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Background Information on Energy Video Pilot

by February 28, 2011

This post supports a new video contest that we are launching with partner Tongal this week on the subject of energy. This is to be the introductory contest for the forthcoming Dialogue Earth Energy Challenge, in which we expect to tackle 10 topics related to energy in 10 video contests spread out over as many months.

In that this is meant to be an introductory video, we realize it cannot do everything—especially because we are asking storytellers to limit their pieces to 90 seconds. Yet, we believe that the larger Energy Challenge needs a gateway video. It should draw people in, eventually inspiring them to click on another video or two to learn more about the details of a particular energy source, etc.

llnl_us_energy_flow_2009_smaller

Where do we get our energy from? The graphic above, developed by Lawrence Livermore National Lab (LLNL), is a fantastic summary of U.S. energy usage in 2009. It is undoubtedly still a good synopsis. There’s a lot going on, so I’ll pull out some key elements. Basically, you can see how much energy comes from the various sources on the far left, and how much of that energy flows into electricity production (orange box at top center) and how energy use breaks down between residential, commercial, industrial, and transportation sectors (pink boxes toward the right).

Here’s a summary  graph, based on the LLNL energy map above, showing how different energy sources factored into to total 2009 U.S. energy use.

energy-use-2009

 

Petroleum is the largest component (37%), nearly double the contribution from coal (21%). The “other” category is for biomass, hydro-power, wind, geothermal, and solar—all of which are show in the graph directly below.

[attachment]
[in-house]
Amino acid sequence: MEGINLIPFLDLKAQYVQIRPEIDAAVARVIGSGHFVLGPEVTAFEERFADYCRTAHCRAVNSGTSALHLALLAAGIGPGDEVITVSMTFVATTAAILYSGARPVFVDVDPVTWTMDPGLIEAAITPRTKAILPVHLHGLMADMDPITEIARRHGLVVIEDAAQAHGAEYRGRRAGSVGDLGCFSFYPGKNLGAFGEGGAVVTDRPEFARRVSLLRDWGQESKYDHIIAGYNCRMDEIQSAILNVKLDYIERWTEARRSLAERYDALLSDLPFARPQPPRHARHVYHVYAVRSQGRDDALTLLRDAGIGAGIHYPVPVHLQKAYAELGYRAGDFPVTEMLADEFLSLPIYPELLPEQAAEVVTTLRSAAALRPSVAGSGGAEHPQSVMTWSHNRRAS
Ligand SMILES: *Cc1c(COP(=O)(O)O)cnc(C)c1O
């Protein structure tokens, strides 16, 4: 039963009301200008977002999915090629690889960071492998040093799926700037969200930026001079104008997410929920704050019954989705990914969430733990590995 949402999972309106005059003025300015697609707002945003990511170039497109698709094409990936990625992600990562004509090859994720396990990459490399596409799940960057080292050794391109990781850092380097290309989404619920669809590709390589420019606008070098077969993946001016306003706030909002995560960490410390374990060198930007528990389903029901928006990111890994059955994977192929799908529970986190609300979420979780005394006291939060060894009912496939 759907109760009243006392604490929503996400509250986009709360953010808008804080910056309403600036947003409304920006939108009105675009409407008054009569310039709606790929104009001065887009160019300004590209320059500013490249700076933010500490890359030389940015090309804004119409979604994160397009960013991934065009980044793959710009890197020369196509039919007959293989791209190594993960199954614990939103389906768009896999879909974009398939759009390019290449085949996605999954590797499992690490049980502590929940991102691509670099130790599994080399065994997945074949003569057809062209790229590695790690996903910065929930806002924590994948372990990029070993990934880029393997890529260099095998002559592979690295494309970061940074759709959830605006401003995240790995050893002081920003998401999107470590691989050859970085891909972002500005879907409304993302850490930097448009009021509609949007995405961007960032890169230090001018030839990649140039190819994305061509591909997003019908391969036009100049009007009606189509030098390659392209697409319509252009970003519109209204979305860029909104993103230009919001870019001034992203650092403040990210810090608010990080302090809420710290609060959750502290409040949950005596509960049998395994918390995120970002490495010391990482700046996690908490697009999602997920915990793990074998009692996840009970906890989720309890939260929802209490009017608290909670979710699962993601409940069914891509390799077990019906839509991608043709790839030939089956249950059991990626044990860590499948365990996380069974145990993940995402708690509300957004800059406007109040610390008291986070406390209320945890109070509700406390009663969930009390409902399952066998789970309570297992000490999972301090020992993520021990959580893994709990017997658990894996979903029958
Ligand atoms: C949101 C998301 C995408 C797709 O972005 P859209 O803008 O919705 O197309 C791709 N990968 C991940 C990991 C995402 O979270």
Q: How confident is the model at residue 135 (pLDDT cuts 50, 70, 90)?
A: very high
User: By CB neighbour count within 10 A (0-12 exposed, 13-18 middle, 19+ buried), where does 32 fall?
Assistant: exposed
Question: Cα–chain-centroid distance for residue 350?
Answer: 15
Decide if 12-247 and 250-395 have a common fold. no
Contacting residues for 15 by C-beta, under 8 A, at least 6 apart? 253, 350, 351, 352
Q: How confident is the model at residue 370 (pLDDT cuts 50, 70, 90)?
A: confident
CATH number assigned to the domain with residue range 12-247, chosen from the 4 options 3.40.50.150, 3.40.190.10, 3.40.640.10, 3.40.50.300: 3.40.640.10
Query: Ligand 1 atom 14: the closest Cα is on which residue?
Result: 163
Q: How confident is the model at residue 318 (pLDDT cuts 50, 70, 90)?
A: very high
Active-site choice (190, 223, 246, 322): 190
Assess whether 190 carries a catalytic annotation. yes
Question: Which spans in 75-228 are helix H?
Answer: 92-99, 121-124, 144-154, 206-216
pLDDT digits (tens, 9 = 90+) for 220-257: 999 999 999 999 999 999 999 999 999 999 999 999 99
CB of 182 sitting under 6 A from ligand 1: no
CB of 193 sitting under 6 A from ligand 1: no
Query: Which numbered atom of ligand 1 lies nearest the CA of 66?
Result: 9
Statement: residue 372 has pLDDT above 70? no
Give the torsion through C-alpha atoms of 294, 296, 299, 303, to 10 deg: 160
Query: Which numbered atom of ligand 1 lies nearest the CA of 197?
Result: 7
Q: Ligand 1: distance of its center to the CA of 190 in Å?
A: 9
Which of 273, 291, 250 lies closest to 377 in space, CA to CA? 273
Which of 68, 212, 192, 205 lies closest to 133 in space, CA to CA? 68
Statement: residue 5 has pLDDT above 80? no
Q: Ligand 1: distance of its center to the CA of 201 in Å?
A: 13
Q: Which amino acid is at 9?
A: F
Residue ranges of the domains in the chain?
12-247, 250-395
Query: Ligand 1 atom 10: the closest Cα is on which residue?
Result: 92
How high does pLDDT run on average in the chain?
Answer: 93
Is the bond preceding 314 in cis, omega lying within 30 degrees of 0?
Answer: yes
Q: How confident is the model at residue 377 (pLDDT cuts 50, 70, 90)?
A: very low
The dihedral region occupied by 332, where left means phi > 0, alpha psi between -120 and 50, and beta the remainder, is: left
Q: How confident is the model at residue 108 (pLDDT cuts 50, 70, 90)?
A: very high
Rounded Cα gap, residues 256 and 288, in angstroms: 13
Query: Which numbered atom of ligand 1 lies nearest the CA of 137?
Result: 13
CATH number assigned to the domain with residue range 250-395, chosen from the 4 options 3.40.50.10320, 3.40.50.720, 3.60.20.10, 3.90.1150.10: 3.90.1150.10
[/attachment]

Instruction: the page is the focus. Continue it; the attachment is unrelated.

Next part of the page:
solar-geotherm-wind-hydro-biomass

 

Switching now to look at the energy sources that go into electricity production, the story is considerably different than the total energy use above.

electricity-generation-us-2009

 

Whereas petroleum is the largest component of over all U.S. energy use, coal is by far the dominant energy source for U.S. electricity generation (48%). Nuclear comes in just over 20%, a bit ahead of natural gas. Wind and solar currently have small contributions to the total—about 2% and 0.03%, respectively.

How is energy used in different sectors of society? The following graph shows the breakdown of energy use by the different sectors. The U.S. transportation sector uses nearly 40% and commercial uses the least at 12%.

energy-use-by-sector

 

From the energy map presented above, it is clear that petroleum is the dominant source of energy in the transportation sector, making up just shy of 95% of the energy. The other sectors have more of a mix of energy sources.

How much energy is lost due to inefficiencies in the system? Again, looking at the energy map above, there’s a large network of light gray lines feeding into a box called “rejected energy.” In a gasoline powered automobile, about 2/3 of the energy value of the gasoline you put in the tank is lost as heat or otherwise does not contribute to moving the car from point A to B. Similarly, in our overall energy system, there are considerable losses—nearly 60%—that fall into the category of “rejected energy” on the map above.

What are fossil fuels, and what are not? Contrary to opinion held by nearly half of Americans (as reported in a recent Yale study), fossil fuels are not derived from the fossilized remains of dinosaurs. Rather, petroleum, natural gas, and goal are derived from ancient deposits of plants and in some cases tiny animals. When bio-based material is used soon after it was created, that’s called biomass energy. Solar, wind, and geothermal are energy sources that more-or-less can be continually tapped without running out, although there are certainly limitations. Finally, nuclear energy is derived from the energy of splitting atoms.

How do we move energy around? In truth, in just about every way imaginable. Petroleum is moved around by pipeline, ship, truck, and military even moves it around by plane. Electricity is moved around via power lines that make up the national electrical grid. Electrical energy is stored in batteries, and to the extent we move these batteries around, we are moving electrical energy with batteries.


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